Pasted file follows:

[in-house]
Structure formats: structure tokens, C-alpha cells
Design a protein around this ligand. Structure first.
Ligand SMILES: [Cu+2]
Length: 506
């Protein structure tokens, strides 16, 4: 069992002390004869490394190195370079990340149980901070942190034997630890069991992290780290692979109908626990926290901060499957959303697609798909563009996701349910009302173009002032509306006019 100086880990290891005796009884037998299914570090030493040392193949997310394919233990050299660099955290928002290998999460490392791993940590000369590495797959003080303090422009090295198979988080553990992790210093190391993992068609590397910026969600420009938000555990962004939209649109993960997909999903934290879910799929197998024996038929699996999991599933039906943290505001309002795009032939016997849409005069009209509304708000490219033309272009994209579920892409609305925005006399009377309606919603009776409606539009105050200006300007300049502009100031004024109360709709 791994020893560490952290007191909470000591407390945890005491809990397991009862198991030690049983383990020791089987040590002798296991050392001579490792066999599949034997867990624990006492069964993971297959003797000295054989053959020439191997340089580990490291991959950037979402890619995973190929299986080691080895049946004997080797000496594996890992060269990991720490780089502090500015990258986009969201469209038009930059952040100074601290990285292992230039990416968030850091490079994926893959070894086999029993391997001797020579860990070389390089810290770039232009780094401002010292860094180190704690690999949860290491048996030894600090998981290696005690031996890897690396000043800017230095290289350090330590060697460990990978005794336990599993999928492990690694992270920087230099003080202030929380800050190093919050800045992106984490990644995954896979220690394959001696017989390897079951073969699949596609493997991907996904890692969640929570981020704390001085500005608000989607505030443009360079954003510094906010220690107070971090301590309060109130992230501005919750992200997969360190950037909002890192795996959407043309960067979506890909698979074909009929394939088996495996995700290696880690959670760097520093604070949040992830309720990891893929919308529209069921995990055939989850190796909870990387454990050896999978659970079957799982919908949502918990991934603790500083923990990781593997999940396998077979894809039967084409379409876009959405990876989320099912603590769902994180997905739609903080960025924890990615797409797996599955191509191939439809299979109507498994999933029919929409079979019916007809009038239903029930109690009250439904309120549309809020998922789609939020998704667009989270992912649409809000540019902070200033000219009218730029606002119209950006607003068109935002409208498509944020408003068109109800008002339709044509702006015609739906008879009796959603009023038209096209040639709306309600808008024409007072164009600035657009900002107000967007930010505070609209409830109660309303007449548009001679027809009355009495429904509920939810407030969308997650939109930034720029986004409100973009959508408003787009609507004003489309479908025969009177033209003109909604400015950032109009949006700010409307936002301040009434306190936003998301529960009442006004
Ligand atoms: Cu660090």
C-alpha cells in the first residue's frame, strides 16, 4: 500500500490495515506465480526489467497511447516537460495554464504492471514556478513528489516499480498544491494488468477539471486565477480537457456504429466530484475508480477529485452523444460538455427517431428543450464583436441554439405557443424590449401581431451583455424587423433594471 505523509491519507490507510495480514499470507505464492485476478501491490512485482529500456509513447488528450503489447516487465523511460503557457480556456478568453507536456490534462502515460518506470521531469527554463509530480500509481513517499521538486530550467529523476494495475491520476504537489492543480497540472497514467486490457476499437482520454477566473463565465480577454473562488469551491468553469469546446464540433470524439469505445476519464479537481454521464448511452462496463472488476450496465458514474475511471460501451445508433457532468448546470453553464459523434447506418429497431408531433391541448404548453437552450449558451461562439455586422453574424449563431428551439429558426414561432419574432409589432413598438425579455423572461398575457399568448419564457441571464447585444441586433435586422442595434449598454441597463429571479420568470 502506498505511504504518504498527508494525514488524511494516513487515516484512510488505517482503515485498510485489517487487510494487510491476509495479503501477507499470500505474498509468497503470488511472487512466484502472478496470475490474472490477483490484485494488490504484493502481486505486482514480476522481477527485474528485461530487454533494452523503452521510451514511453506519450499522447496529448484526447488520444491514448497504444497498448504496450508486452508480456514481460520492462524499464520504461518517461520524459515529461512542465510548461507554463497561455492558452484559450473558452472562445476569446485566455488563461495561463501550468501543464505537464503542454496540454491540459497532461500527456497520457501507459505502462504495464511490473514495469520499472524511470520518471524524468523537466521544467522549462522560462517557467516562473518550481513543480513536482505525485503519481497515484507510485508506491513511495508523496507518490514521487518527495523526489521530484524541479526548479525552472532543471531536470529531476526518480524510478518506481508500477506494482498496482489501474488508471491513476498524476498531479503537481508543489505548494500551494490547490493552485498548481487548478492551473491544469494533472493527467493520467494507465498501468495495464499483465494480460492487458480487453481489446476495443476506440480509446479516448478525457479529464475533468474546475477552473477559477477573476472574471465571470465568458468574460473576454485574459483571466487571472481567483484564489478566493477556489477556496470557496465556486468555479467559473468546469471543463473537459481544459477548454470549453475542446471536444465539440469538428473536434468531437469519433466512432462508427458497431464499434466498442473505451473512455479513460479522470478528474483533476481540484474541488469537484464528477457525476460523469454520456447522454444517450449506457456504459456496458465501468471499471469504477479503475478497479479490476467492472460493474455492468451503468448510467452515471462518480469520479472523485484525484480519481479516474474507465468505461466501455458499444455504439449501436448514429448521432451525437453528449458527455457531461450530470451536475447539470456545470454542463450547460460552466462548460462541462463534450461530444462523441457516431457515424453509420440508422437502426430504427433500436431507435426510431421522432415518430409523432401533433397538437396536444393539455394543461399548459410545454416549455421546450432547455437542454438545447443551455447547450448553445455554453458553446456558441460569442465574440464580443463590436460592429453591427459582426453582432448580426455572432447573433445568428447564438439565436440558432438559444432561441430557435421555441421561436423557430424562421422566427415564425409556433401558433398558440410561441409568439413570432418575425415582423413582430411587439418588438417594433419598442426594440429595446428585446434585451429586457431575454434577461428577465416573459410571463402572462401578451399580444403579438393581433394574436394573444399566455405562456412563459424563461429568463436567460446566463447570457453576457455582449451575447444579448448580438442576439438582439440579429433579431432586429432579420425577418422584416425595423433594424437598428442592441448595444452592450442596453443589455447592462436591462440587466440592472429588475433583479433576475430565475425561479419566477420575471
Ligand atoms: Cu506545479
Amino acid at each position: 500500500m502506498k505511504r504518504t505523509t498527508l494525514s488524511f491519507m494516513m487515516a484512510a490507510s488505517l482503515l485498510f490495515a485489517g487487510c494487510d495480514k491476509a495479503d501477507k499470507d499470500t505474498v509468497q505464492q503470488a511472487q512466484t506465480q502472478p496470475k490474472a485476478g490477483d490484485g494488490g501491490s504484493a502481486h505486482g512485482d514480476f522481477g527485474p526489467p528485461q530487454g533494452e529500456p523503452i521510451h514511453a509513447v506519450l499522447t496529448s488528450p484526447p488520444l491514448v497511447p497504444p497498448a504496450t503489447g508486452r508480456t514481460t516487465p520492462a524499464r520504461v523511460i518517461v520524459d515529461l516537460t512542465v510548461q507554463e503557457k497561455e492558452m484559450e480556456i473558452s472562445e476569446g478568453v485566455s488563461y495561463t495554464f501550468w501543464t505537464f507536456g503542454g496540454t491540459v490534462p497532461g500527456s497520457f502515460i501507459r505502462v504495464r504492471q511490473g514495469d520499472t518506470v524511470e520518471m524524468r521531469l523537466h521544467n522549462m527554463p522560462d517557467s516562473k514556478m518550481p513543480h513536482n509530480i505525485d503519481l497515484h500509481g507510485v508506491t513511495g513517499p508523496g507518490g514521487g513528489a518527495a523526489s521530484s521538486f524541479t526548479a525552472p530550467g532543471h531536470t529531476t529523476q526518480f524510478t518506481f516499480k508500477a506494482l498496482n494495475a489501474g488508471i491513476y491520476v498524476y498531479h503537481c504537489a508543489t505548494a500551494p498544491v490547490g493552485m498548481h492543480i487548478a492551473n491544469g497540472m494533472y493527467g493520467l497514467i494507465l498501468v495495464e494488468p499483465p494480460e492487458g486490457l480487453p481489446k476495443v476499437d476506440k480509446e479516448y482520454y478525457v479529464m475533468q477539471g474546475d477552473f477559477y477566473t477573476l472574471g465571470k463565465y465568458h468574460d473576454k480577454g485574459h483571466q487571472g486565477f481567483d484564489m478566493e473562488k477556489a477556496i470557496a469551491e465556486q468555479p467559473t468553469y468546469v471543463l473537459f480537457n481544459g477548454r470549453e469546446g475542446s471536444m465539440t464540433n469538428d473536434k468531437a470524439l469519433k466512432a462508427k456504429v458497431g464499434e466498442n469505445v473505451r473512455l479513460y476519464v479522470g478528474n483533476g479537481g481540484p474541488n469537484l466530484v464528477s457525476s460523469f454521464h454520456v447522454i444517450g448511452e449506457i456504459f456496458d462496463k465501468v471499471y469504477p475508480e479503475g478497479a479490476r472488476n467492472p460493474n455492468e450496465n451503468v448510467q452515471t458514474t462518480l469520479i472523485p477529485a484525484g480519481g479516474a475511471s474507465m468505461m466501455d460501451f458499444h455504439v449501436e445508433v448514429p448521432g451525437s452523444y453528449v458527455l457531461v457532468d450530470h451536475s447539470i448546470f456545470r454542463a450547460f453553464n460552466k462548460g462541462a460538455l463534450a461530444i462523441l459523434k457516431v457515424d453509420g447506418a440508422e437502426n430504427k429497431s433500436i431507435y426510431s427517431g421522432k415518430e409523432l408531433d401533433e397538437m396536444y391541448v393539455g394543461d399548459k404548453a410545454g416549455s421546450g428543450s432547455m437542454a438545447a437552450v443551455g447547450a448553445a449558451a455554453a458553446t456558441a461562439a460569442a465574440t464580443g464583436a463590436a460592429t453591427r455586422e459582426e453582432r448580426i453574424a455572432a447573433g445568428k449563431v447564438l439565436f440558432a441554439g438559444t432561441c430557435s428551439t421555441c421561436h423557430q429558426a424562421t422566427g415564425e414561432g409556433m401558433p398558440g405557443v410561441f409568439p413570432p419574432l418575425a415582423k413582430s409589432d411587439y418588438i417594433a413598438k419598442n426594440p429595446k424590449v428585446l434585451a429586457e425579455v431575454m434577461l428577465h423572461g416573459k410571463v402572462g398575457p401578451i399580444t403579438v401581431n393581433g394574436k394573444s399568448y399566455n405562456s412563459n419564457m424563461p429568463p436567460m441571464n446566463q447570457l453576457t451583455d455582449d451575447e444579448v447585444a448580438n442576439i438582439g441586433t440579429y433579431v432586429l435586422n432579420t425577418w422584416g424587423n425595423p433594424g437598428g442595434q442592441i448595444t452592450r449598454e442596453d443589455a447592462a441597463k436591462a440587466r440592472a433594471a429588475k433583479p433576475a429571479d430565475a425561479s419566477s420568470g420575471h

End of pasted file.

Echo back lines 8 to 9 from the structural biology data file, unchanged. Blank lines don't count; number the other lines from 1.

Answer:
C-alpha cells in the first residue's frame, strides 16, 4: 500500500490495515506465480526489467497511447516537460495554464504492471514556478513528489516499480498544491494488468477539471486565477480537457456504429466530484475508480477529485452523444460538455427517431428543450464583436441554439405557443424590449401581431451583455424587423433594471 505523509491519507490507510495480514499470507505464492485476478501491490512485482529500456509513447488528450503489447516487465523511460503557457480556456478568453507536456490534462502515460518506470521531469527554463509530480500509481513517499521538486530550467529523476494495475491520476504537489492543480497540472497514467486490457476499437482520454477566473463565465480577454473562488469551491468553469469546446464540433470524439469505445476519464479537481454521464448511452462496463472488476450496465458514474475511471460501451445508433457532468448546470453553464459523434447506418429497431408531433391541448404548453437552450449558451461562439455586422453574424449563431428551439429558426414561432419574432409589432413598438425579455423572461398575457399568448419564457441571464447585444441586433435586422442595434449598454441597463429571479420568470 502506498505511504504518504498527508494525514488524511494516513487515516484512510488505517482503515485498510485489517487487510494487510491476509495479503501477507499470500505474498509468497503470488511472487512466484502472478496470475490474472490477483490484485494488490504484493502481486505486482514480476522481477527485474528485461530487454533494452523503452521510451514511453506519450499522447496529448484526447488520444491514448497504444497498448504496450508486452508480456514481460520492462524499464520504461518517461520524459515529461512542465510548461507554463497561455492558452484559450473558452472562445476569446485566455488563461495561463501550468501543464505537464503542454496540454491540459497532461500527456497520457501507459505502462504495464511490473514495469520499472524511470520518471524524468523537466521544467522549462522560462517557467516562473518550481513543480513536482505525485503519481497515484507510485508506491513511495508523496507518490514521487518527495523526489521530484524541479526548479525552472532543471531536470529531476526518480524510478518506481508500477506494482498496482489501474488508471491513476498524476498531479503537481508543489505548494500551494490547490493552485498548481487548478492551473491544469494533472493527467493520467494507465498501468495495464499483465494480460492487458480487453481489446476495443476506440480509446479516448478525457479529464475533468474546475477552473477559477477573476472574471465571470465568458468574460473576454485574459483571466487571472481567483484564489478566493477556489477556496470557496465556486468555479467559473468546469471543463473537459481544459477548454470549453475542446471536444465539440469538428473536434468531437469519433466512432462508427458497431464499434466498442473505451473512455479513460479522470478528474483533476481540484474541488469537484464528477457525476460523469454520456447522454444517450449506457456504459456496458465501468471499471469504477479503475478497479479490476467492472460493474455492468451503468448510467452515471462518480469520479472523485484525484480519481479516474474507465468505461466501455458499444455504439449501436448514429448521432451525437453528449458527455457531461450530470451536475447539470456545470454542463450547460460552466462548460462541462463534450461530444462523441457516431457515424453509420440508422437502426430504427433500436431507435426510431421522432415518430409523432401533433397538437396536444393539455394543461399548459410545454416549455421546450432547455437542454438545447443551455447547450448553445455554453458553446456558441460569442465574440464580443463590436460592429453591427459582426453582432448580426455572432447573433445568428447564438439565436440558432438559444432561441430557435421555441421561436423557430424562421422566427415564425409556433401558433398558440410561441409568439413570432418575425415582423413582430411587439418588438417594433419598442426594440429595446428585446434585451429586457431575454434577461428577465416573459410571463402572462401578451399580444403579438393581433394574436394573444399566455405562456412563459424563461429568463436567460446566463447570457453576457455582449451575447444579448448580438442576439438582439440579429433579431432586429432579420425577418422584416425595423433594424437598428442592441448595444452592450442596453443589455447592462436591462440587466440592472429588475433583479433576475430565475425561479419566477420575471
Ligand atoms: Cu506545479